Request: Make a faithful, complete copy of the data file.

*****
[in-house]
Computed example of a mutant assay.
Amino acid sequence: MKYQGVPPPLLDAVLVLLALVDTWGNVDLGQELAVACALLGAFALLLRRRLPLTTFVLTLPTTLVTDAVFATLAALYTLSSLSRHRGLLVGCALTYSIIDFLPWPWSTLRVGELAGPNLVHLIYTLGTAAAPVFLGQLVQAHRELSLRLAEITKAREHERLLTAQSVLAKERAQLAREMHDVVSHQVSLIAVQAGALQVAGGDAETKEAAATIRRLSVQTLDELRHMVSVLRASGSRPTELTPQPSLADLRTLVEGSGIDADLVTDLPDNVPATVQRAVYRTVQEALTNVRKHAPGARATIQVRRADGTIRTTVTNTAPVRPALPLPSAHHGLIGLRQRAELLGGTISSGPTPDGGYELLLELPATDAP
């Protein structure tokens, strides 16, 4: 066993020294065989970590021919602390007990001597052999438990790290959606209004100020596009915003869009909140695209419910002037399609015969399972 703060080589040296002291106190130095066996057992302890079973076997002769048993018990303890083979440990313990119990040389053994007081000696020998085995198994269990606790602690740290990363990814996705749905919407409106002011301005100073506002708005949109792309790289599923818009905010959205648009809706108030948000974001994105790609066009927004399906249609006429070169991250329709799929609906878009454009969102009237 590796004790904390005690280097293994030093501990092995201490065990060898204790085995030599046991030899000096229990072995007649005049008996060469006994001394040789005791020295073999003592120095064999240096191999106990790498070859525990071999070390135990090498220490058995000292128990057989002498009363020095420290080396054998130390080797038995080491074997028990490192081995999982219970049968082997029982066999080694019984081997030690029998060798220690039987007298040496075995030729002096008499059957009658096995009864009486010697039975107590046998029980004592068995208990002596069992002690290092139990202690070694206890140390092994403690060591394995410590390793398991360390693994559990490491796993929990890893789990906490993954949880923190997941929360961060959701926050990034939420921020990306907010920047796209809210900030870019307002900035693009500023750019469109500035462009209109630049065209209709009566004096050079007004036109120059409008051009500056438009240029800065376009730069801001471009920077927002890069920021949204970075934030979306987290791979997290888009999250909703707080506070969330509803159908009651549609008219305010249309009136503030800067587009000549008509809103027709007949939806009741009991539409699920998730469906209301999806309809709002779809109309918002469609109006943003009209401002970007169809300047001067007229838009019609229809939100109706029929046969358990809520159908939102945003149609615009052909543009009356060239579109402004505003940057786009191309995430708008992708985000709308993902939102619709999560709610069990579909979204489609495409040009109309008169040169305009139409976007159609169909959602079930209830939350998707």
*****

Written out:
[in-house]
Computed example of a mutant assay.
Amino acid sequence: MKYQGVPPPLLDAVLVLLALVDTWGNVDLGQELAVACALLGAFALLLRRRLPLTTFVLTLPTTLVTDAVFATLAALYTLSSLSRHRGLLVGCALTYSIIDFLPWPWSTLRVGELAGPNLVHLIYTLGTAAAPVFLGQLVQAHRELSLRLAEITKAREHERLLTAQSVLAKERAQLAREMHDVVSHQVSLIAVQAGALQVAGGDAETKEAAATIRRLSVQTLDELRHMVSVLRASGSRPTELTPQPSLADLRTLVEGSGIDADLVTDLPDNVPATVQRAVYRTVQEALTNVRKHAPGARATIQVRRADGTIRTTVTNTAPVRPALPLPSAHHGLIGLRQRAELLGGTISSGPTPDGGYELLLELPATDAP
């Protein structure tokens, strides 16, 4: 066993020294065989970590021919602390007990001597052999438990790290959606209004100020596009915003869009909140695209419910002037399609015969399972 703060080589040296002291106190130095066996057992302890079973076997002769048993018990303890083979440990313990119990040389053994007081000696020998085995198994269990606790602690740290990363990814996705749905919407409106002011301005100073506002708005949109792309790289599923818009905010959205648009809706108030948000974001994105790609066009927004399906249609006429070169991250329709799929609906878009454009969102009237 590796004790904390005690280097293994030093501990092995201490065990060898204790085995030599046991030899000096229990072995007649005049008996060469006994001394040789005791020295073999003592120095064999240096191999106990790498070859525990071999070390135990090498220490058995000292128990057989002498009363020095420290080396054998130390080797038995080491074997028990490192081995999982219970049968082997029982066999080694019984081997030690029998060798220690039987007298040496075995030729002096008499059957009658096995009864009486010697039975107590046998029980004592068995208990002596069992002690290092139990202690070694206890140390092994403690060591394995410590390793398991360390693994559990490491796993929990890893789990906490993954949880923190997941929360961060959701926050990034939420921020990306907010920047796209809210900030870019307002900035693009500023750019469109500035462009209109630049065209209709009566004096050079007004036109120059409008051009500056438009240029800065376009730069801001471009920077927002890069920021949204970075934030979306987290791979997290888009999250909703707080506070969330509803159908009651549609008219305010249309009136503030800067587009000549008509809103027709007949939806009741009991539409699920998730469906209301999806309809709002779809109309918002469609109006943003009209401002970007169809300047001067007229838009019609229809939100109706029929046969358990809520159908939102945003149609615009052909543009009356060239579109402004505003940057786009191309995430708008992708985000709308993902939102619709999560709610069990579909979204489609495409040009109309008169040169305009139409976007159609169909959602079930209830939350998707």